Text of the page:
Distance: 14.8km roundtrip
Elevation gain: 725m
Location: Shenandoah National Park, Virginia
Old Rag is reputed to be the most popular hike in Shenandoah National Park in large part because of this intense rock scramble, which also makes it one of the most strenuous hikes in the park. I visited Shenandoah back in 2017 and Old Rag was easily one of my favourite hikes.
We set our alarm for 6:45a.m in an effort to get an early start on our hike and beat the crowds. We read in advance that the parking lot can fill up pretty quickly. Since it was still dark and chilly outside we figured we’d make breakfast when we got to the parking lot. Although Old Rag is accessible from the park by driving along Skyline Drive, the park rangers at our campground recommended exiting the park along Route 211 and driving towards Sperryville. From there we took Route 522 south, turned right onto Route 231 and another right onto Route 601. There was fairly decent signage to the parking area along the way.
After eating some breakfast (we fried up some eggs in the back of our SUV despite questionable looks from incomers – they were obviously jealous) we filled up our packs with water, snacks, and some lunch. We started our hike shortly before 8:00a.m. As we were leaving the parking area the rangers on duty were just pulling in and asked us to check in with them upon our return to either show our parks pass or pay the per-person fee for this hike.
The trail takes an average of 7 to 9 hours to complete. The trail forms a loop and there are two ways to hike up Old Rag. The most popular circuit is along the Ridge Trail, through the rock scramble up to the summit then down the Saddle Trail to the Weakley Hollow Fire Road, which leads back to the trailhead.
We opted for the popular route as we might as well go with the traffic than against it. The first kilometre or so is along a paved road that passes by a number of houses for which the owners are fiercely protective of their property – there were numerous “no trespassing” or “private property” signs posted. The paved path eventually intersects with the official start of the trailhead. From there we followed the blue blazes up a slight incline along the Ridge Trail for the next few kilometres.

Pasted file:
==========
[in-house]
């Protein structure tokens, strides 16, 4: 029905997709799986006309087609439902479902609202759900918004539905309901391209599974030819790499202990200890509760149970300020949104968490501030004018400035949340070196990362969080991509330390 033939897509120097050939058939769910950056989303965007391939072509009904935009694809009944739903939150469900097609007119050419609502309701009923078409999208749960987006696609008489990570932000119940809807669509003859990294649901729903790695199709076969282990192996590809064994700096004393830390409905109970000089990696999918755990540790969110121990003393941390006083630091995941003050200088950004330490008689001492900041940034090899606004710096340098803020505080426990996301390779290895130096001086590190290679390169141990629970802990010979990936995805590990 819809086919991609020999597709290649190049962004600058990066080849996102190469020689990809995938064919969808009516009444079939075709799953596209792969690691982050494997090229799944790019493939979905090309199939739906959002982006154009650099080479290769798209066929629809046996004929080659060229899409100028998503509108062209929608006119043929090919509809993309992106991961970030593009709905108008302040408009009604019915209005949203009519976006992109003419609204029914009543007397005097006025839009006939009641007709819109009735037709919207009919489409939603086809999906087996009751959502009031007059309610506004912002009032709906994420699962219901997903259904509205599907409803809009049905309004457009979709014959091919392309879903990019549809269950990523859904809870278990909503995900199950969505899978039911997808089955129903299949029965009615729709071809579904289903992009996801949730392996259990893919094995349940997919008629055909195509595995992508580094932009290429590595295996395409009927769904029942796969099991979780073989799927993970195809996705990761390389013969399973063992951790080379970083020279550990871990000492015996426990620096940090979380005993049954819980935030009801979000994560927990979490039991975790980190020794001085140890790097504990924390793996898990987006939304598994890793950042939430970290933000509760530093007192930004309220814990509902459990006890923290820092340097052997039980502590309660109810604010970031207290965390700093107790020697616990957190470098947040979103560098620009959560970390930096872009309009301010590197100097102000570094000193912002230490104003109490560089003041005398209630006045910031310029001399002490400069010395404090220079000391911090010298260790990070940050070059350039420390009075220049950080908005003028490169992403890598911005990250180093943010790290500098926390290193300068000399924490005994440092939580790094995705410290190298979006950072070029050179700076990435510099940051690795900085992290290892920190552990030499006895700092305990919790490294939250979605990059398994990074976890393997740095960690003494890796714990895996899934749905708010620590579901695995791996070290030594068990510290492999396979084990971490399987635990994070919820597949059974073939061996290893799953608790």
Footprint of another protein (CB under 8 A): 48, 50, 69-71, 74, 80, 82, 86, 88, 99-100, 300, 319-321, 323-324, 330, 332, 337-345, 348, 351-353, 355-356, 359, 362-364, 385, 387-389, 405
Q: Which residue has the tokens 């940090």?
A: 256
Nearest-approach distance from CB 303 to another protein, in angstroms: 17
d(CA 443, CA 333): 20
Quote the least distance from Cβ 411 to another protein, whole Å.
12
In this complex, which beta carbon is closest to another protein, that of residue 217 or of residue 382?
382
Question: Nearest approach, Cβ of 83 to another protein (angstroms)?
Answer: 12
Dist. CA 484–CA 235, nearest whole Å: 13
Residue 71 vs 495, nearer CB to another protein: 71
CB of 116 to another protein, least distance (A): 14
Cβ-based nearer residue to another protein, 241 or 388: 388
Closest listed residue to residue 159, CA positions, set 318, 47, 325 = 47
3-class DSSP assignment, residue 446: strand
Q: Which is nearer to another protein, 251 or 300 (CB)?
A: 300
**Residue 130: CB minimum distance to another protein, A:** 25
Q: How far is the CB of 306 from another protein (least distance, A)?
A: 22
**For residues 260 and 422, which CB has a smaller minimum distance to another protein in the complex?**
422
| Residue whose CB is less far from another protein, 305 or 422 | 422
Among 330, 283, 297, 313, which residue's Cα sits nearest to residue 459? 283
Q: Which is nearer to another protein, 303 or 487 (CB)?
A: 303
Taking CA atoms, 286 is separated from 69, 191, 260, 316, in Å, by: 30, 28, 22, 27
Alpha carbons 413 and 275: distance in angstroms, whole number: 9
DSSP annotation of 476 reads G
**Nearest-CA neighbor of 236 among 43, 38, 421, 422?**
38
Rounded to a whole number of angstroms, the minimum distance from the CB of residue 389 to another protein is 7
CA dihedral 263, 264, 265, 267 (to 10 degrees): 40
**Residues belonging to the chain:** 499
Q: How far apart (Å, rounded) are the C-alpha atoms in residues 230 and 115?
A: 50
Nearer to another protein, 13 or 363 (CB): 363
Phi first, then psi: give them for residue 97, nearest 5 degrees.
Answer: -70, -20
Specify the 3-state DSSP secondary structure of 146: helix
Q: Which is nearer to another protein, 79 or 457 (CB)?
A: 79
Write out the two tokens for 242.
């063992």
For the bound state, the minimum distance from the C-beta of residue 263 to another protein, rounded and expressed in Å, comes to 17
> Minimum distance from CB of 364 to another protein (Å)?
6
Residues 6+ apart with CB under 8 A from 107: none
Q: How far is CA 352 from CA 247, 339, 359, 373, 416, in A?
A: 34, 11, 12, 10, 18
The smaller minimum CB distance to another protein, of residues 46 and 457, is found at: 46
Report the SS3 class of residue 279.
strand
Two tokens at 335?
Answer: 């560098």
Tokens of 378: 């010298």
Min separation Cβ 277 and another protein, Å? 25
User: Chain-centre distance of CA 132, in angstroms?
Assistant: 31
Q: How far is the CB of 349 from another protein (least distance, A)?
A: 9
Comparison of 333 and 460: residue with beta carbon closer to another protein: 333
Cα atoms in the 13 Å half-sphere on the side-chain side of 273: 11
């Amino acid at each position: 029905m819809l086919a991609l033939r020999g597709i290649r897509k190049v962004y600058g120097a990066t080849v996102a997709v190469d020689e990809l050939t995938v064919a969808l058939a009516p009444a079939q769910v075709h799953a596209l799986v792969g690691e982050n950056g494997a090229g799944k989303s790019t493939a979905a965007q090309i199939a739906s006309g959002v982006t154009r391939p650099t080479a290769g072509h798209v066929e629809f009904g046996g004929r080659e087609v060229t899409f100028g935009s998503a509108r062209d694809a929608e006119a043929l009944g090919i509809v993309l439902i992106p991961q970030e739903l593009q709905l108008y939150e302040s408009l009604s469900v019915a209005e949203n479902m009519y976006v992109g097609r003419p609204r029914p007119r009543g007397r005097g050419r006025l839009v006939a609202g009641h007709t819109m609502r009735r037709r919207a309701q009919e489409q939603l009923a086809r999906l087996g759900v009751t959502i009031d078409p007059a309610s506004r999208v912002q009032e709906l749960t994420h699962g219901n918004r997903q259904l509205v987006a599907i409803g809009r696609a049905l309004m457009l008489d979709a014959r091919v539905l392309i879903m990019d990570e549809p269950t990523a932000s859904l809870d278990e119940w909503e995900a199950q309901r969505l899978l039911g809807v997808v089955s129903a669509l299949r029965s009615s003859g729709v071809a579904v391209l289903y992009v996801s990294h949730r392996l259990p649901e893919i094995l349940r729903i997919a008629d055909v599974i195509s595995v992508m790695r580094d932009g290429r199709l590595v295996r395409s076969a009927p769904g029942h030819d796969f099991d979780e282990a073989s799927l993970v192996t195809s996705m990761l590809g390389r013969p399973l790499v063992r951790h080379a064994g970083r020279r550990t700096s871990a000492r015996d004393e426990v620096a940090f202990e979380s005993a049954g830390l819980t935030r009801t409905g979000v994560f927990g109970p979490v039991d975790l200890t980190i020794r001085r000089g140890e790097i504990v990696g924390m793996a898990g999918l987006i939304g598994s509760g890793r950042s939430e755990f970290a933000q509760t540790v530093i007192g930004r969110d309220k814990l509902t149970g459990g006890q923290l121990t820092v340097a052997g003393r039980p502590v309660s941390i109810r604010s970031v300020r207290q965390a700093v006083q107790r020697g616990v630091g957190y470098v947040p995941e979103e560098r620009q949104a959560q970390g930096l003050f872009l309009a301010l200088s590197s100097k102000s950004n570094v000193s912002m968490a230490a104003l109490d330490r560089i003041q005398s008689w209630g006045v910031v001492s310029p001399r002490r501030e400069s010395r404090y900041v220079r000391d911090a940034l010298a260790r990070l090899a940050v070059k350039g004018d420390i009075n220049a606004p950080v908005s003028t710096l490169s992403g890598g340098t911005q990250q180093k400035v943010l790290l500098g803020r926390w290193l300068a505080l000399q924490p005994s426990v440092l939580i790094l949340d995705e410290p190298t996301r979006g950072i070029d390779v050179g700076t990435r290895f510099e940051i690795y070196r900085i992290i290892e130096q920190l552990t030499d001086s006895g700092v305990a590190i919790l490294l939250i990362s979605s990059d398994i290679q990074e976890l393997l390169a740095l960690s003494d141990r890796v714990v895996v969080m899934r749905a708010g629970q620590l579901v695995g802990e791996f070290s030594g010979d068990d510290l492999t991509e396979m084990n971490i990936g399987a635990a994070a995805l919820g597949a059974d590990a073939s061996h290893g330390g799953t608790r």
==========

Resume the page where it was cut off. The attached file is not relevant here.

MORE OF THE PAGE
At nearly 5km in marks the start of the Rock Scramble. And this is when the hike really begins. From this point every blue blaze is marked with a number in sequential order in the event of an accident. For the next couple of hours we used every body part available to manoeuvre up, down, around and through giant granite boulders. There is no graceful way to approach this.
There were a few dicey sections that created a backlog of hikers. This is a large factor as to why the estimated time to complete this hike is so long – because there are many bottleneck areas where you just have to sit around and patiently wait for your turn as there is no opportunity to bypass. For most of the way up the rock scramble we followed closely behind a father (Mathew) and his son (Dave).
We reached the (first) summit shortly after 10:45a.m. We sprawled down on the rocks and ate our lunch and an orange. It wasn’t until after we began what we thought was the descent down that the rock scramble continues until the second summit.
After taking another break and eating another snack at the second summit we started our descent for real this time along the Saddle Trail. Descents are always my least favourite part of any hike as it’s much harder on your body. We followed along on the trail and continued right as we passed the Old Rag Shelter area. There are washrooms located here – you can smell them before you can seem them.
The Saddle Trail turns into the Weakley Hollow Fire Road after passing the shelter area and leads back to the start of the trailhead. The blazes along this stretch of the trail were yellow. Along our hike back down we bumped into Mathew and Dave again and walked with them back to the parking area.
By the time we returned to our car it was just approaching 1:30p.m. And we were exhausted.
To read more about my adventures in Shenandoah National Park, click here.